What does it actually take to self release your music?
Well, lucky for us, one of our very own youbloom artists, CommonUnion59, released their second album, “Heartbeat Serenade” on February 11th of this year and were kind enough to share their experience with the youbloom community.
“The most important thing we learned is that the overall effort of putting an album out is probably half musical and half business. You have to come to terms with that fact when you plan your project,” Steve shared. And let’s face it; many musicians may be great at performing, but not so strong business-wise. That is why picking a solid team at the beginning of the project is vital to the quality of the finished album.
“It might help to think of yourself as kind of a general contractor who, when building a house, may do the carpentry but finds the plumber, the electrician, etc. because he just doesn’t have expertise (or the time) to do it all himself,” Steve said. Not only is it important to pick a qualified team of engineers, press agents, promoters, and musical contributors, it is also really important that you work well with these people and they understand your vision. “Go for quality over quantity and find the best studio you can afford.”
“We asked ourselves this simple question, how do the major labels do what they do?” Steve said. “First, they get the music created.” Steve advised to have as much of the music completed as possible when you get into the studio. This will save you time and money overall. On the same note, he suggested that you be flexible as well. There are always unforeseen surprises along the way, some of which may be beneficial to the outcome of your album, as CommonUnion59 experienced.
For example, Laura explained to us that the song, “Heartbeat Serenade” was one song that was unfinished when they got into the studio. They only had a few words written down as well as the basic melody. “We knew we wanted to have fun with it and give it a psychedelic vibe so it was almost like a side project that we kept coming back to as we recorded everything else.” Turns out, they loved what the song turned into so much, that it became the title track for the album.
Steve and Laura also learned the importance of being open to straying from the plan when they were recording their song, “It’s Alright.” Laura shared, “We did two versions… The first was a straight ahead rocking take which we liked a lot, but when we tried a more rock-a-billy feeling version, we really loved it, so it’s the one we ended up using. We hadn’t thought about doing that way in advance so it’s like a bit of unexpected studio magic that we embraced.” Though there may be some unforeseen hang-ups in the studio, there can also be some beautiful surprises along the way that might entirely transform the album.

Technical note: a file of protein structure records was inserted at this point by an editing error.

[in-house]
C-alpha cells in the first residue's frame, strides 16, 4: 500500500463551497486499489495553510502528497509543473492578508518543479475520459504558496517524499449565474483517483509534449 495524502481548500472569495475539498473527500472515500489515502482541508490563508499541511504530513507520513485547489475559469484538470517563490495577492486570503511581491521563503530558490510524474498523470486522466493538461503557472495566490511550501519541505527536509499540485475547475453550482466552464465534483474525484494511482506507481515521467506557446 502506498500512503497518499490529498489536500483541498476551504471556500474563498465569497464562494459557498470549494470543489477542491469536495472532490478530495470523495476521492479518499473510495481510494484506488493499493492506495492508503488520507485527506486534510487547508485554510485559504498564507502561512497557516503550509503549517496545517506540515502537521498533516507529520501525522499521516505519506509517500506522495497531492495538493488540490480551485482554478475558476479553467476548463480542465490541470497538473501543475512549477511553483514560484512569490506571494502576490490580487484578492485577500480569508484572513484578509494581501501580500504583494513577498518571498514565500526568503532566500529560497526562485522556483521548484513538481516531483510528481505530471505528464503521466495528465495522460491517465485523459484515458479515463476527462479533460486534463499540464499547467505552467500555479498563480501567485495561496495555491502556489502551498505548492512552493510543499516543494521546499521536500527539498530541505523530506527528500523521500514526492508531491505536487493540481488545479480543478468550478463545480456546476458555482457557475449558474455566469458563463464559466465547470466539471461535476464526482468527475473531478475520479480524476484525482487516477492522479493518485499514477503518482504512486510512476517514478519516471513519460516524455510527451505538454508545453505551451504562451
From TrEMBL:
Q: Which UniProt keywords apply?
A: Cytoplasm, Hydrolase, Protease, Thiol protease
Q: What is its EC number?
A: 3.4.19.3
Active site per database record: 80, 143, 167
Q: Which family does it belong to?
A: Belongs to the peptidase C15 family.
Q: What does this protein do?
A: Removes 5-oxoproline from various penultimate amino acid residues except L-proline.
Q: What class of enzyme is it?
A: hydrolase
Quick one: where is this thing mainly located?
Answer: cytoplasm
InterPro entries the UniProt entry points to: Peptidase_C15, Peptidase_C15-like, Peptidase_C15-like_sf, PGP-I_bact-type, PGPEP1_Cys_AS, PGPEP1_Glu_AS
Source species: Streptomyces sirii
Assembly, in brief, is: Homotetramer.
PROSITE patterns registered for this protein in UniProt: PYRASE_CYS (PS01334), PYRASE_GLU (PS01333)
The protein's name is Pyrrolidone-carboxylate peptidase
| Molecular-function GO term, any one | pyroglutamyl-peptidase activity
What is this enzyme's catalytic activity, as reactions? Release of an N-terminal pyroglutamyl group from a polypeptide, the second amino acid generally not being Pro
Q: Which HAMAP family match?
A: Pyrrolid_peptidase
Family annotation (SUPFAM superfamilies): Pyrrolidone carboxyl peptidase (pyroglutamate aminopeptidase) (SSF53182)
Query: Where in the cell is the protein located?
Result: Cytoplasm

After the music is created, Steve stressed the importance of making the final product relevant amongst the competition. One step in doing that is to have the music mastered after it is recorded and mixed. “It really does make a difference since you are being heard alongside so many other artists that do it too.”
Another step to meeting the competition is to gather reviews way before the release date. You want to have publicity growing for your album even before it is released. Sometimes doing this means hiring a publicity firm that has experience pushing albums to the people who need to hear them. Remember that there are tons of other musicians that will also be releasing albums the same month (and even the same day) as you.
The final step in matching your competition is to get airplay. The more you can be heard and in the more places, the better. “This part is not easy for sure since the majors have such a lock on most of radio, but it is still possible,” Steve shared. It is important to pull all of your resources and, once again, look into hiring someone that does this for a living. Also keep in mind non-traditional avenues of “airplay” such as social media, streaming radio, or YouTube to expose your audience to the new album.
It is also worthwhile to stress the importance of staying current with what is happening in the industry as well as being open to learning on a continual basis. One way that Steve and Laura did this was by attending youbloom@LA in November of last year. They shared with us that a lot of their experience at youbloom@LA helped them in their process with their album.
“If you’re anything like us, you’re writing songs, rehearsing, doing the business stuff, but you’re pretty much working in your own everyday environment. youbloom helps create a good sense of the big industry picture. To us, it seemed more about focus, inspiration, and motivation, reminding us that everything we do is important, good or bad. We take something positive from the lessons learned and keep moving forward.”
We hope that you find the experience of CommonUnion59 beneficial in your own album recording/releasing. Remember, it is important to plan from the beginning and get all of your pieces in place. “But, be relaxed and have fun with it too so that you love what you did later on,” Steve said. Recording an album is serious business, but let’s not forget that in order for the album to be a success, you must love the finished project. Steve adds, “It’s also important to play live as much as possible, it helps you remember why you’re doing it in the first place, and good things always happen along the way.”
“So get out there! Work hard, but have fun! We’d love to hear about your experiences as well!
Steve McKenzie and Laura Malasig make up the singing/songwriting duo of CommonUnion59, blending blues, folk, and alternative country to create music that many say is reminiscent of the 60s. They weave introspective lyrics of love and life through powerful melodies, creating an emotional experience that gives the illusion that the music and the voice are one fluid sound. Listen to some of their music.